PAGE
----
I was blessed to work in a fabulous district that allowed me to take my students on Community-Based outings to receive instruction in the community. During these trips, we observed the kids in a new environment and informally assessed numerous skills. As I observed skills that needed to be taught, I added those lessons into group or direct instruction. The preparation for these trips also allowed lessons that I knew would be generalized during an upcoming CBI.
One school year, I made a theme surrounding that month’s CBI trip. If we planned to visit a working farm in the month of September, the weeks leading up to the field trip were spent immersing the kids in vocabulary and visuals of a farm. I used a bulletin board to display farm animals and nature that we would see. Once we were at the farm, students generalized those pictures to the real animals.
Another school year, I asked parents to email me about their child’s favorite outings with their families. Each month I planned a field trip around their special places. This was interesting because it allowed me to observe them in places they frequented with their families. We went to bounce houses, Target, McDonalds, Deanna Rose and the park.
Each year, two of our trips remained the same. During the Christmas season we ventured to Independence Center (a mall) and visited Santa. Santa and his helpers were extremely patient and always sent us away with lots of pictures of the kids with Santa. In the mall, a train, a merry-go-round and a play place kept us entertained for hours. Before this trip, I printed off pictures of storefronts in the mall. Each adult would lead 1-2 students on a scavenger hunt through the mall to match the picture to the actual store.
Another staple in our trips was Crown Center and Union Station. A free exhibit that changes monthly with various themes and pretend play opportunities was fabulous for our kids to practice play skills and social skills. We added on other activities such as Kaleidoscope, Sea Life Aquarium or a play at Coterie Theater. And, of course, we took in some great food at Fritz’s while the kids enjoyed watching the trains.
In the Raymore community, we visited the library, post office, fire station, fast food restaurants and grocery stores. Before going to the library, we practiced filling out an application for a library card. This activity was modified in order for every student to participate. One student might write his or her name in the correct space while another student, answered personal questions for an adult using his or her device. For other students this activity entailed carrying the library card and handing it to the adult at the counter. Students were independent with this activity to the fullest extent possible.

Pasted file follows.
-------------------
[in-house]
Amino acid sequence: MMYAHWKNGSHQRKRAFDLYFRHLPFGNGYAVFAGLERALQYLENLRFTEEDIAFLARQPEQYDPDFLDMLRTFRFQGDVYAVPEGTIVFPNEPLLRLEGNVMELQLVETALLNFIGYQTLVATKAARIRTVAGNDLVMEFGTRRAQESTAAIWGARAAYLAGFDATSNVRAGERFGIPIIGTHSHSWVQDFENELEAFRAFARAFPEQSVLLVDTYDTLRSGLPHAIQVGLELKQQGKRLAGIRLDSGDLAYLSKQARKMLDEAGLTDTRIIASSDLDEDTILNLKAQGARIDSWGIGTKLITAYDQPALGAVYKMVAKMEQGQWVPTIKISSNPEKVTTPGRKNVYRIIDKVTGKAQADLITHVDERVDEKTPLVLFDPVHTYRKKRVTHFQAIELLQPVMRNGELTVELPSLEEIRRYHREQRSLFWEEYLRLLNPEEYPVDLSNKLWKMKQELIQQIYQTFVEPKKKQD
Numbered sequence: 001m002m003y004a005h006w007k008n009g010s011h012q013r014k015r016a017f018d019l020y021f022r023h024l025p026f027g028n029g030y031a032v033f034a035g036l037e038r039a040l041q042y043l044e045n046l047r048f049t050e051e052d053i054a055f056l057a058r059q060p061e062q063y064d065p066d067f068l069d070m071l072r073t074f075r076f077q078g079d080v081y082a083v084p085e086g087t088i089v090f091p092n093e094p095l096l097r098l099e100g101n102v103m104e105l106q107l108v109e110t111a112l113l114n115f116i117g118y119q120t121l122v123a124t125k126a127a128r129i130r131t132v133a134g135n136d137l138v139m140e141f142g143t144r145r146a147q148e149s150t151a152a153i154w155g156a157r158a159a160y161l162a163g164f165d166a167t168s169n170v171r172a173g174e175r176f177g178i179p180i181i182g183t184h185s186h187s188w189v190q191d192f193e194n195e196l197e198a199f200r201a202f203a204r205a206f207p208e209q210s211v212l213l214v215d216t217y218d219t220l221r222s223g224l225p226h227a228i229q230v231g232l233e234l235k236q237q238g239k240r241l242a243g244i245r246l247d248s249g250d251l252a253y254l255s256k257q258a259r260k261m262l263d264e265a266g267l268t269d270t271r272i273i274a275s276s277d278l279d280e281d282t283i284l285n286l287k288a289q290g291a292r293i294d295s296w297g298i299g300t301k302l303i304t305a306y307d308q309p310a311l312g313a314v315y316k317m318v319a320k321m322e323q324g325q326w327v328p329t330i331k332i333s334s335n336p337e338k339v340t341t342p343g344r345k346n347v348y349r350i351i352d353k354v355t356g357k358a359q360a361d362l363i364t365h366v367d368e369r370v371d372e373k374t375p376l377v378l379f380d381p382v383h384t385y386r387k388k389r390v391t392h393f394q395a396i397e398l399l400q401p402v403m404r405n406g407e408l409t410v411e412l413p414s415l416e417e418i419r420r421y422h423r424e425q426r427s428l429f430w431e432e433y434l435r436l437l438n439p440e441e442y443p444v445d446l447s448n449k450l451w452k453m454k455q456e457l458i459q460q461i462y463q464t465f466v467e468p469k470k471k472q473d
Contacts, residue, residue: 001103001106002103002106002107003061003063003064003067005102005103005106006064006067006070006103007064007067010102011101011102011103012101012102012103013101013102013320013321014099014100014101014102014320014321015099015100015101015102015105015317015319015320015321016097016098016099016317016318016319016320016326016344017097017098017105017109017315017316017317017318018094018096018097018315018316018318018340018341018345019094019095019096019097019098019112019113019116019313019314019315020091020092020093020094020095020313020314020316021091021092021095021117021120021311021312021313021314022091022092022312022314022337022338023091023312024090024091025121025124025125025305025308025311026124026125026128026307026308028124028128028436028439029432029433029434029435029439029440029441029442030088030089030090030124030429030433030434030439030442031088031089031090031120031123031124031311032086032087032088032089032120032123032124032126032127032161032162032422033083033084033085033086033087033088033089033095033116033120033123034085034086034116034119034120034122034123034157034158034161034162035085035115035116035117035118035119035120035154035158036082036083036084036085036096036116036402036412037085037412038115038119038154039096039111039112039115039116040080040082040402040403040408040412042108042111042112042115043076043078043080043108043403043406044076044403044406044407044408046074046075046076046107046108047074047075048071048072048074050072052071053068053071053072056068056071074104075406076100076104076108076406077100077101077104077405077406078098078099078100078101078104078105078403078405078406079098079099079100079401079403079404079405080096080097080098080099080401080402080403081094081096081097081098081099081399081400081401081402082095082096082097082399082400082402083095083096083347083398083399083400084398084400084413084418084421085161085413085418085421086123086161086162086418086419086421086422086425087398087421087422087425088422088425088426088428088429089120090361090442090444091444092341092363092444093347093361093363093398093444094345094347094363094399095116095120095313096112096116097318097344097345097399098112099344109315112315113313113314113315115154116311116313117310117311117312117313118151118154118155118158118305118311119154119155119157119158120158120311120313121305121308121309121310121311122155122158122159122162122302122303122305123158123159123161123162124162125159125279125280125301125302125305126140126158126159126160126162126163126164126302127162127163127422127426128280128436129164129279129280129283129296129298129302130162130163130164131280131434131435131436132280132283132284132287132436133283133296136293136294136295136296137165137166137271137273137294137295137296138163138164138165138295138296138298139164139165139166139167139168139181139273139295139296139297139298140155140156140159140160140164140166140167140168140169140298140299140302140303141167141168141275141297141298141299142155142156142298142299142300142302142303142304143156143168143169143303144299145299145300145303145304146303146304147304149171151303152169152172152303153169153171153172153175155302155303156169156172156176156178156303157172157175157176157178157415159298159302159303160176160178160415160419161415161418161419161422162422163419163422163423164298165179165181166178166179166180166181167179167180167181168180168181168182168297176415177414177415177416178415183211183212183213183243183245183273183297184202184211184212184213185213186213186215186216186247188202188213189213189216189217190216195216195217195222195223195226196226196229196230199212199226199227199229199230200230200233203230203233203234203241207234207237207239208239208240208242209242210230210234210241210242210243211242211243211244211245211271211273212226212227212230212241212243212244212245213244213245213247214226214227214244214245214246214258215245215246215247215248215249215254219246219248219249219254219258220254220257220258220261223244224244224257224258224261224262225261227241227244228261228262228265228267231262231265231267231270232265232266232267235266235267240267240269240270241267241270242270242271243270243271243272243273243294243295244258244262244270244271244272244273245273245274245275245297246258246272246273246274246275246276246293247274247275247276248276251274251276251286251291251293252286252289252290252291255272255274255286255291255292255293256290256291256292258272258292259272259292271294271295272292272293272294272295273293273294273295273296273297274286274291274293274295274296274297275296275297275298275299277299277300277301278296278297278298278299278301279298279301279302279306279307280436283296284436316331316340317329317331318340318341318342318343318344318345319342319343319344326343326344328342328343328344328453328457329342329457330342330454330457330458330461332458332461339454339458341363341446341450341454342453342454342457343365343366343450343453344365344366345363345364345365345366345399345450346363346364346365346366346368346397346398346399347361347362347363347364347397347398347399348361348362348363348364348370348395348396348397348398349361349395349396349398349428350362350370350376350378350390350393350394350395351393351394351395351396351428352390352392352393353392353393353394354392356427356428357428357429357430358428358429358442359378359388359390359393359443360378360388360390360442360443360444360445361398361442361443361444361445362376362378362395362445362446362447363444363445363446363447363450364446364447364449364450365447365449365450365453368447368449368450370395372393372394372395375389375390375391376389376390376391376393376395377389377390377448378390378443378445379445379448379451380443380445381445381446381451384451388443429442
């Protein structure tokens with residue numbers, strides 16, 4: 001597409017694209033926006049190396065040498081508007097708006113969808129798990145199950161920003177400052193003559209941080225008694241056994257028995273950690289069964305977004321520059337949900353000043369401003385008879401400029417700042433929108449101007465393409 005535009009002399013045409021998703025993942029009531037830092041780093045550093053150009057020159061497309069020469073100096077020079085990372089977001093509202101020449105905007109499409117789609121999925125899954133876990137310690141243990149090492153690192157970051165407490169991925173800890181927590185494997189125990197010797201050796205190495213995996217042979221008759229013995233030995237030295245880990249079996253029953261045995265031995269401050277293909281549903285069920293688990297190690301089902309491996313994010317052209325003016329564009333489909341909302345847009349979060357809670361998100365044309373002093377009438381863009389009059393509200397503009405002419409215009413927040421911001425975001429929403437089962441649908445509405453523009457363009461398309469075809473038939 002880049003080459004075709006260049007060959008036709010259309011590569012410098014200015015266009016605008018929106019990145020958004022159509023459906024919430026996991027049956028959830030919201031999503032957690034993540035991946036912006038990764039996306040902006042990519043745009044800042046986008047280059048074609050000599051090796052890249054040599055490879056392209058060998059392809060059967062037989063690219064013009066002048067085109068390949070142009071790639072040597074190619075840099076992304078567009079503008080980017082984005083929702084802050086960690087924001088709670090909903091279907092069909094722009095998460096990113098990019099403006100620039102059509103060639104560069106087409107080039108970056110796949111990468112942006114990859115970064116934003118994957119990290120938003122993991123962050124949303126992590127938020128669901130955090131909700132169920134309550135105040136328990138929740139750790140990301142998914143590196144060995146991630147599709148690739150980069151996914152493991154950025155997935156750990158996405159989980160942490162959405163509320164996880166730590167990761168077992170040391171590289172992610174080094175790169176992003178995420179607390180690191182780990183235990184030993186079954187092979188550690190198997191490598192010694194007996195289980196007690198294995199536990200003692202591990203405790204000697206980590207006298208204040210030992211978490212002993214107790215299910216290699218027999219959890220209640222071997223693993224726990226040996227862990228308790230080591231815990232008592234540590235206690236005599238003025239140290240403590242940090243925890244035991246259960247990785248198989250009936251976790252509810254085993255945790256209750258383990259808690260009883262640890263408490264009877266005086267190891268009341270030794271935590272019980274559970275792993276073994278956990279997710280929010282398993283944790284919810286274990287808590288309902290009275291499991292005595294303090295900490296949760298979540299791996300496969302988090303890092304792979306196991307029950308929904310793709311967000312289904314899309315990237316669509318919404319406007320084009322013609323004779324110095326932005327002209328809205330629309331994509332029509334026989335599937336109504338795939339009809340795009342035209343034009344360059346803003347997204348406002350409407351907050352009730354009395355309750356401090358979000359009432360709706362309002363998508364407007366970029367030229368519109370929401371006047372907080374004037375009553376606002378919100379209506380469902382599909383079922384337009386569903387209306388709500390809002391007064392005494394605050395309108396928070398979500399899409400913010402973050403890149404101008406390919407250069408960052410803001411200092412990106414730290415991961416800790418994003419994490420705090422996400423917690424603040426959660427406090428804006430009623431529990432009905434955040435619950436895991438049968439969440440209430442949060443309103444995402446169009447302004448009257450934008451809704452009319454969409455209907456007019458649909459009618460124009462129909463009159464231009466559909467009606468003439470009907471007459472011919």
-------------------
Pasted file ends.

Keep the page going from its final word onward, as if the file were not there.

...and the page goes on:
In preparing for the trip to the post office, each student wrote a letter to a family member. Some student drew pictures, other students typed their mom and dad’s names. Other students stamped their names on the paper. When we arrived at the post office, students received money to purchase a stamp. When approaching the counter, some students used devices to speak to the postal worker. Other students practiced speaking clearly and looking at the adult to whom they were speaking.
CBIs gave my paras and me an opportunity to observe our students outside of the classroom. Knowing what I know now, I would have made different rubrics to keep better data of the student’s independence, social skills and safety skills in different settings. It is amazing what you can learn about a student just by watching their skills while getting a soda at a self-serve drink dispenser.
Another note…these trips could not have been successful without the fabulous ladies with whom I worked. Each adult was paired with 1-2 students and I (and the student’s parents) had no doubt the kids were safe and learning. I recommend CBI trips for students in the elementary setting. It is never too early to practice self-advocacy and independence skills!